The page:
Montoro12 Contemporary Art is pleased to present I Will Shield You, a solo exhibition by Virginia Ryan fea- turing a series of works shown for the first time. The artist’s new body of work consists of 15 unique sculptures, standing shields that address what the artist perceives as the growing culture of fear – rational fears (like global warming) and irrational/instilled fears (such as the rising islamophobia in the West). While shields have a protective function, they also seem to symbolize our fears in a world where migration and globa- lization destabilize tradition and cultural identity and result in a non-acceptance of difference.
While the exhibition title is deliberately ambiguous (who is shielding? Who is shielded? And from what?), the idea of protective shields is also the artist’s response to the common fear of “the other,” which has “invaded” society like refugees and migrants have “invaded” Europe. Power structures and authorities are questioned, compassion is implied. Having lived and worked in Ghana and Ivory Coast for 15 years, the artist is well aware of the notion of “the other” and her work was greatly influenced by her long stay in Africa. In fact, some shields exhibit colorful “African” features, while others have more ties to (European) rural nature. The iron shields are covered with a myriad of objects attached to their metal frames: found objects, raw wool, book pages, writing, fabric, photographs and thread that often covers an entire shield like a knotted web.
Having recently closed down her studio in Ivory Coast, Ryan worked on the shields during the past year in her studio in Trevi, Umbria: a time consuming and labor intensive project, which resulted in fascinating, hybrid works, evoking many layers of meaning. Items are wrapped in yarn and hidden (e.g. a wrapped pistol alluding to human violence) or openly displayed on the shields (e.g. raw wool alluding to protective warmth).The thread that covers many of the shields recall both spider’s webs (world wide web), and dream catchers, with the knots preventing negative energy from entering. But time is maybe the main “ingredient” of these shields – time to make them and time to unravel the many layers of these works, which seem to continue to grow the longer we study them.
It is often the photographs of people (“the other”?) that attract (or repel) us as we approach the (mostly) colorful, sometimes even carnivalesque shields. Over time these shields have grown into powerful, magic object-beings, entities on their own, that both protect us and make us confront our fears and prejudices. Sized like individuals, they invite us to encounter “the other” they embody, exploring them face to face and discovering our reactions. Like a group of warriors, the shields recall an army of peace and under- standing that speak of Europe and its relationship to “Mother Africa,” of the interconnectedness of all beings. Constant growth, movement, migration and travel can generate communication as a possible solution to our most pressing global problems.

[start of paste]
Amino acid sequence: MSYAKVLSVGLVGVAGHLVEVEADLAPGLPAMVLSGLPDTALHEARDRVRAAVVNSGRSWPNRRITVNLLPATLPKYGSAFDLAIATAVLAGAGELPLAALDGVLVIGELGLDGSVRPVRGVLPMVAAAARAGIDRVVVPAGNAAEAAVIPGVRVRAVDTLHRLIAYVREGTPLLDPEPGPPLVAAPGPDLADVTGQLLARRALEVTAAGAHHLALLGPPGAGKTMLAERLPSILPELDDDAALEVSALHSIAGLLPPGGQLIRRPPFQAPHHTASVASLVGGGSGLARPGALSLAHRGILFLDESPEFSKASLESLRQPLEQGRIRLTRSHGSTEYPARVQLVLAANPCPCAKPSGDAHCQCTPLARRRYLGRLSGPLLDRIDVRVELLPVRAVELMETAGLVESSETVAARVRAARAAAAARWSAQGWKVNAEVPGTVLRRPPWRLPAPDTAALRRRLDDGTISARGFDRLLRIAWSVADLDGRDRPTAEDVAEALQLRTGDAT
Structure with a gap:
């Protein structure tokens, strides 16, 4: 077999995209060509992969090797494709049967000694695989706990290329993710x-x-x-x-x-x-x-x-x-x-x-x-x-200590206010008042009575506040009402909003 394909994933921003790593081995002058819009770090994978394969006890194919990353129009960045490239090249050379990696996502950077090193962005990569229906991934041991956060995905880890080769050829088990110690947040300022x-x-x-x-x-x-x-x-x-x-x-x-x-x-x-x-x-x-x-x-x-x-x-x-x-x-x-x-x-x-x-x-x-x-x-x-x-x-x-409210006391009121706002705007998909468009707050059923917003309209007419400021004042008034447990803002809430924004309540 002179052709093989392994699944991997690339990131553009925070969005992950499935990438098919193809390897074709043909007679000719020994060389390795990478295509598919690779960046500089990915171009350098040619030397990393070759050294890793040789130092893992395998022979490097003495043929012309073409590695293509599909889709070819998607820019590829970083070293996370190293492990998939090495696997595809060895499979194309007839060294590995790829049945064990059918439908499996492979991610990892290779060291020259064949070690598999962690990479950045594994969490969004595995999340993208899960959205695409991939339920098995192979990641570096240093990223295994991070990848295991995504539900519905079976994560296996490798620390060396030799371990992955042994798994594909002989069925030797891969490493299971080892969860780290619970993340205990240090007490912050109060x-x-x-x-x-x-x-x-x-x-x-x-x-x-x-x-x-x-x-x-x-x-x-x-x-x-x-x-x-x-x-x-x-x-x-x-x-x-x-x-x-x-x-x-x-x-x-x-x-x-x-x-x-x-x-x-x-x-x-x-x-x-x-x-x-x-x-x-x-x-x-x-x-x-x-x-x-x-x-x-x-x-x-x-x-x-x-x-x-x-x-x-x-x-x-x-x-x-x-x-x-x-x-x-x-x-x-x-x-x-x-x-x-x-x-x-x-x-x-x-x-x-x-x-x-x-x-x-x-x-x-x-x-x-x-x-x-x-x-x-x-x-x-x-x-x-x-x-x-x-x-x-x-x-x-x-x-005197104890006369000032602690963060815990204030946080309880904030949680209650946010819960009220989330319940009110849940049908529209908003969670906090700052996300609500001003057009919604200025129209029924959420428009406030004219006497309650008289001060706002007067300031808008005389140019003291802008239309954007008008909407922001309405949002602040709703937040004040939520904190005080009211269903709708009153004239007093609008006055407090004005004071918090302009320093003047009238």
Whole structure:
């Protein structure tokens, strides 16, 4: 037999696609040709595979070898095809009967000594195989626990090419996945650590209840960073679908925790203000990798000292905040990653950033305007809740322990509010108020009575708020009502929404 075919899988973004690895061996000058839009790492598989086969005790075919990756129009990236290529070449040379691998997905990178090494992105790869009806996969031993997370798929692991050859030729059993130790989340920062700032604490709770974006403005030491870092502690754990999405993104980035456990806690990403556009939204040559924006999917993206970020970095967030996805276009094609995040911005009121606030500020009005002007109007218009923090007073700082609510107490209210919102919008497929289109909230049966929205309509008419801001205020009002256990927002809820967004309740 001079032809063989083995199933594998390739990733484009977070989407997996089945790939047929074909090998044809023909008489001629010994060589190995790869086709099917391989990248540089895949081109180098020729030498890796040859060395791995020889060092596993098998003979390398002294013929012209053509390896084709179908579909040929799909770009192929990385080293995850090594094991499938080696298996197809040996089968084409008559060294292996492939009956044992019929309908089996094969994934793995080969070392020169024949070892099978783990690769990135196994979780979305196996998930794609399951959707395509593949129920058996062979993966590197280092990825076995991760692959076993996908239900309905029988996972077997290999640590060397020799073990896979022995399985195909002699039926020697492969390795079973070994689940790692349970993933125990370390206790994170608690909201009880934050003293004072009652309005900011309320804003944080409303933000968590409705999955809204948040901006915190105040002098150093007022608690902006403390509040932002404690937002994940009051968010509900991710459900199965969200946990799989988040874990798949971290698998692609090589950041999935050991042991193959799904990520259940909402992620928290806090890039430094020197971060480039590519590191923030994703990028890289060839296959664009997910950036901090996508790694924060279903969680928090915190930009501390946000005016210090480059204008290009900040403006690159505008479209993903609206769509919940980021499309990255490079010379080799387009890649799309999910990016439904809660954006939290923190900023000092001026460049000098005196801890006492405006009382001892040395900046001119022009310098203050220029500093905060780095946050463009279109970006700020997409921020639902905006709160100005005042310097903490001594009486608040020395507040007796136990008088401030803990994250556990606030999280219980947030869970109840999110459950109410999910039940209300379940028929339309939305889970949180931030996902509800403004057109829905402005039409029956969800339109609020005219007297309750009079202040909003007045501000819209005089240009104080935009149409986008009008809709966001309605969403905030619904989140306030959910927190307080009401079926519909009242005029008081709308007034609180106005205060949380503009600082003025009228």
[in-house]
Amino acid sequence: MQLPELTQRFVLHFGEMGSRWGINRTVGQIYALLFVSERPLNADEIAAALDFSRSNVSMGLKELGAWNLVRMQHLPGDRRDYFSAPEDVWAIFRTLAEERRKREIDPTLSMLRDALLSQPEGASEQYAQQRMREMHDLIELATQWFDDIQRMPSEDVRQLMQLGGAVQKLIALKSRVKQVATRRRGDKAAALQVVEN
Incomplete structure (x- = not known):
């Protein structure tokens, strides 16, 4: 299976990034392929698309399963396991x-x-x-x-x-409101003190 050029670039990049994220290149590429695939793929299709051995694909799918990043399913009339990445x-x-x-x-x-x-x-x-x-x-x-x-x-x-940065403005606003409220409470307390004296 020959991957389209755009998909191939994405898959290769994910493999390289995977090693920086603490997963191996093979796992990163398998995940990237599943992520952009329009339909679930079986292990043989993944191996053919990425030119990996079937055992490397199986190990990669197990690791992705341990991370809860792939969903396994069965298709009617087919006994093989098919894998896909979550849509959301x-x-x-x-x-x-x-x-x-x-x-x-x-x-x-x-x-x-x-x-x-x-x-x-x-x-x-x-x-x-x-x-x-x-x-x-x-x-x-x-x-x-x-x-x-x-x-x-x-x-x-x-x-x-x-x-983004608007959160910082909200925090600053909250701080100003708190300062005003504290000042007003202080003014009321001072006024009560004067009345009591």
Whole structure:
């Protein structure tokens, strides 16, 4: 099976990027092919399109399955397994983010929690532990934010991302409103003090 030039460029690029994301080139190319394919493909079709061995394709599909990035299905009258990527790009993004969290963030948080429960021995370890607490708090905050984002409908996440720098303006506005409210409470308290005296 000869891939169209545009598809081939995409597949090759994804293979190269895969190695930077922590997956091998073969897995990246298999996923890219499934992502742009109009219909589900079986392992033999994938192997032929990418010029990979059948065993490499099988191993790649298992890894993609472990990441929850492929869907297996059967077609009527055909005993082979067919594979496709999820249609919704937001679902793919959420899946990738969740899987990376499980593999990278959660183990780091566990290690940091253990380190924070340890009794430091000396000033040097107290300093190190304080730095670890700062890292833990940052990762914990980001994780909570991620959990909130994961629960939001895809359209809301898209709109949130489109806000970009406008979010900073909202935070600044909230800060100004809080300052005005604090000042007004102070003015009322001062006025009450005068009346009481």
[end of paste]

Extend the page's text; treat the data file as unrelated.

Also included in the exhibition is Ryan’s powerful work “Voyager” as well as number of photographic mirror collages that relate the new body of work to her previous series of Mami Wata, which can be seen at the two-artist exhibition at the Lavatoio Contumaciale in Rome - Surfacing. Frédéric Bruly Bouabré and Virginia Ryan, 19 - 29 May, 2016.
An exhibition catalogue with essays by Achille Bonito Oliva, Osei Bonsu and Ursula Hawlitschka will be available in June.
Born in Australia, Virginia Ryan is a transnational multidisciplinary artist who trained in Visual Communication at the National Art School in Cranberry, Australia and in Art Therapy at Queen Margaret’s College in Edinburgh, Scotland. Having lived and worked in Egypt, Brasil, Scotland and Yugoslavia, Ryan spent the greater part of the last 15 years in Ghana and Ivory Coast, where she worked closely with African artists. She is an Italian national and currently lives and works in Trevi Umbria. She has exhibited widely and internationally, including at the Biennales in Dakar, Malindi and Venice. Recent solo shows include the Whitworth Museum in Manchester (2007), Museum of Modern Art Palazzo Collicola, Spoleto (2008), Museo Pino Pascali, Polignano a Mare (2014), Centro d’Arte Contemporanea Trebisonda, Perugia (2014) and Musee de la Patrimoine, Grand Bassam, Ivory Coast (2015).